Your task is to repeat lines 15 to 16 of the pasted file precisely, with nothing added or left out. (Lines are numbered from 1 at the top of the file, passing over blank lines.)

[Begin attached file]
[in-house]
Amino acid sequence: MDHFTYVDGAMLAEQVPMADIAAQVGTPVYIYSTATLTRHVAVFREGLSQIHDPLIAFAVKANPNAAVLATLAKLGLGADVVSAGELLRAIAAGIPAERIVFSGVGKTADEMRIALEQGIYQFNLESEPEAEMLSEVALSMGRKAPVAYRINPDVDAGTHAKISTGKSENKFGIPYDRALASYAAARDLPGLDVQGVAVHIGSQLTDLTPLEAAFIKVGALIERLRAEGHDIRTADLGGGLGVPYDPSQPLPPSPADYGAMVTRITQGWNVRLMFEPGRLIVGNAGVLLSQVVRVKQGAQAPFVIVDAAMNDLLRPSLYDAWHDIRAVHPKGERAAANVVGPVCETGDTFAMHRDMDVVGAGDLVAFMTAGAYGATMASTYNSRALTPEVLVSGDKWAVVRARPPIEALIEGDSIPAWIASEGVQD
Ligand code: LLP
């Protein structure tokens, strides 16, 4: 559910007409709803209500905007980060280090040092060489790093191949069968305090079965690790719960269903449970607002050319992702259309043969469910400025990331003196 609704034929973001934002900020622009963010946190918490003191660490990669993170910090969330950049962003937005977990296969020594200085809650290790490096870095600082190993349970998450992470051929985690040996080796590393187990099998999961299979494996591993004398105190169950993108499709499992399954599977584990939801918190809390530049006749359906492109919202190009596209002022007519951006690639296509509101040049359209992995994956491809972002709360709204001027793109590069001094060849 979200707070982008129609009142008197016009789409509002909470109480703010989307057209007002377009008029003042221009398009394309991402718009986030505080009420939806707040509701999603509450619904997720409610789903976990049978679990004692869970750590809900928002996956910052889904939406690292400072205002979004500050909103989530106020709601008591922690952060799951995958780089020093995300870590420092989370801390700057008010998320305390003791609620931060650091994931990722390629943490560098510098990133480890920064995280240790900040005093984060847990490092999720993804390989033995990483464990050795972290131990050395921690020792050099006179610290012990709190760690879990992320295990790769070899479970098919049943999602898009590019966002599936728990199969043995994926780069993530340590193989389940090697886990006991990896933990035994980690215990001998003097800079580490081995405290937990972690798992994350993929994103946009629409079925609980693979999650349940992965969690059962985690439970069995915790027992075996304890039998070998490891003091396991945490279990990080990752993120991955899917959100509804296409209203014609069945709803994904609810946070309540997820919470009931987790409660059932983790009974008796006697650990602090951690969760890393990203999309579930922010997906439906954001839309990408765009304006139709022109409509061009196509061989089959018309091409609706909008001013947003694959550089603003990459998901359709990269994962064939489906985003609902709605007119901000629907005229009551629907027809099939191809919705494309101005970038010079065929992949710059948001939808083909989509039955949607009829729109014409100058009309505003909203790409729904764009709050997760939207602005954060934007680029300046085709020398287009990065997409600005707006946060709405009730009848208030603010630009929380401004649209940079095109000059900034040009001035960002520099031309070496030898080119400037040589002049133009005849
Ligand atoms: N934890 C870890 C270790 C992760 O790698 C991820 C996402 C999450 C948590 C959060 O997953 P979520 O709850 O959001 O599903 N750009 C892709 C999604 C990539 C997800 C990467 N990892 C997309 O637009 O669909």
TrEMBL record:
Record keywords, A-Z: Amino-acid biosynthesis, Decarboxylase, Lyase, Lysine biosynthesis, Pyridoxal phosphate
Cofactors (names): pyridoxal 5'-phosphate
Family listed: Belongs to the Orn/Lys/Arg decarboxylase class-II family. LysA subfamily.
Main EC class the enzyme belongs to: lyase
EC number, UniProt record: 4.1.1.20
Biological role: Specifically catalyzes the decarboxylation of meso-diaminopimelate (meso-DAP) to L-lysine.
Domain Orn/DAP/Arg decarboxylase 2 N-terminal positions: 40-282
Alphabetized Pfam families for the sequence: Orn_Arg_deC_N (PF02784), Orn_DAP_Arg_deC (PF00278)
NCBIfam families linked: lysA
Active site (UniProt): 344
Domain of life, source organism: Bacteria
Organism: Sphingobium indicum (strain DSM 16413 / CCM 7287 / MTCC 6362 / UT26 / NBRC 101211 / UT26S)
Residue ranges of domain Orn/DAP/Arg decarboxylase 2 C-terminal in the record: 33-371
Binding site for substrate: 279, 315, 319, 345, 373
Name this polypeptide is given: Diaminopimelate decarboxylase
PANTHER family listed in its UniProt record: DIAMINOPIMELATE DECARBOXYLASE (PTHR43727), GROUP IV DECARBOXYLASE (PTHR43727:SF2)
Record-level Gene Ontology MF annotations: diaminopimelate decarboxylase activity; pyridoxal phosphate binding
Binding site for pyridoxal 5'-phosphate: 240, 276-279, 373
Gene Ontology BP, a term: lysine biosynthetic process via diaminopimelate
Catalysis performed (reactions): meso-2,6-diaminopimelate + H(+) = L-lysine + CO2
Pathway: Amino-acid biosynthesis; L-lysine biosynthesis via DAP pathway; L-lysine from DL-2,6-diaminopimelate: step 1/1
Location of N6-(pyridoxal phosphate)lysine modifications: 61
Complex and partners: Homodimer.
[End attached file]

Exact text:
NCBIfam families linked: lysA
Active site (UniProt): 344